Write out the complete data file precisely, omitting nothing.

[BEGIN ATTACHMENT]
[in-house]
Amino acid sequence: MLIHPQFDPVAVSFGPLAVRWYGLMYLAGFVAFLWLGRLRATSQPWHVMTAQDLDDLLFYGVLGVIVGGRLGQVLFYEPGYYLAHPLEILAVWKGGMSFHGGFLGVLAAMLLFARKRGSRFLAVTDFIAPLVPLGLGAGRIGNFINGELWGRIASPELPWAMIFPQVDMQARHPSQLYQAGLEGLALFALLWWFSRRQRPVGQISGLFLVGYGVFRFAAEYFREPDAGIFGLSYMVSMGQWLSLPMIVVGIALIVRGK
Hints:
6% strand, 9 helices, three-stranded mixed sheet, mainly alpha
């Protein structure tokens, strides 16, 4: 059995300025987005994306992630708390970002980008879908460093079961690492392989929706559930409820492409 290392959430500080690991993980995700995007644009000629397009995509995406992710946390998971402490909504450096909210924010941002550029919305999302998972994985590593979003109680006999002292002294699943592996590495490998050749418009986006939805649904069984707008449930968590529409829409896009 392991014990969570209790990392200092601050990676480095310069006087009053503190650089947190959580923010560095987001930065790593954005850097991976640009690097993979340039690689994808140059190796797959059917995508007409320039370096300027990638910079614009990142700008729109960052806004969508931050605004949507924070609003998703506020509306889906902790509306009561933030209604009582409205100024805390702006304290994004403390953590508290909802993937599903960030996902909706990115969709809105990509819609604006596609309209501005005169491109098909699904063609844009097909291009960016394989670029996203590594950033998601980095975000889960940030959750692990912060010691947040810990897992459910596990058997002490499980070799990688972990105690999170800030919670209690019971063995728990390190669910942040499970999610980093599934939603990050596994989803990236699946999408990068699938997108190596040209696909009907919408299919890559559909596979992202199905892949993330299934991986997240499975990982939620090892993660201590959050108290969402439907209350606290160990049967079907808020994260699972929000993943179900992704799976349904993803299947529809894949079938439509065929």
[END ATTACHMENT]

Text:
[in-house]
Amino acid sequence: MLIHPQFDPVAVSFGPLAVRWYGLMYLAGFVAFLWLGRLRATSQPWHVMTAQDLDDLLFYGVLGVIVGGRLGQVLFYEPGYYLAHPLEILAVWKGGMSFHGGFLGVLAAMLLFARKRGSRFLAVTDFIAPLVPLGLGAGRIGNFINGELWGRIASPELPWAMIFPQVDMQARHPSQLYQAGLEGLALFALLWWFSRRQRPVGQISGLFLVGYGVFRFAAEYFREPDAGIFGLSYMVSMGQWLSLPMIVVGIALIVRGK
Hints:
6% strand, 9 helices, three-stranded mixed sheet, mainly alpha
């Protein structure tokens, strides 16, 4: 059995300025987005994306992630708390970002980008879908460093079961690492392989929706559930409820492409 290392959430500080690991993980995700995007644009000629397009995509995406992710946390998971402490909504450096909210924010941002550029919305999302998972994985590593979003109680006999002292002294699943592996590495490998050749418009986006939805649904069984707008449930968590529409829409896009 392991014990969570209790990392200092601050990676480095310069006087009053503190650089947190959580923010560095987001930065790593954005850097991976640009690097993979340039690689994808140059190796797959059917995508007409320039370096300027990638910079614009990142700008729109960052806004969508931050605004949507924070609003998703506020509306889906902790509306009561933030209604009582409205100024805390702006304290994004403390953590508290909802993937599903960030996902909706990115969709809105990509819609604006596609309209501005005169491109098909699904063609844009097909291009960016394989670029996203590594950033998601980095975000889960940030959750692990912060010691947040810990897992459910596990058997002490499980070799990688972990105690999170800030919670209690019971063995728990390190669910942040499970999610980093599934939603990050596994989803990236699946999408990068699938997108190596040209696909009907919408299919890559559909596979992202199905892949993330299934991986997240499975990982939620090892993660201590959050108290969402439907209350606290160990049967079907808020994260699972929000993943179900992704799976349904993803299947529809894949079938439509065929």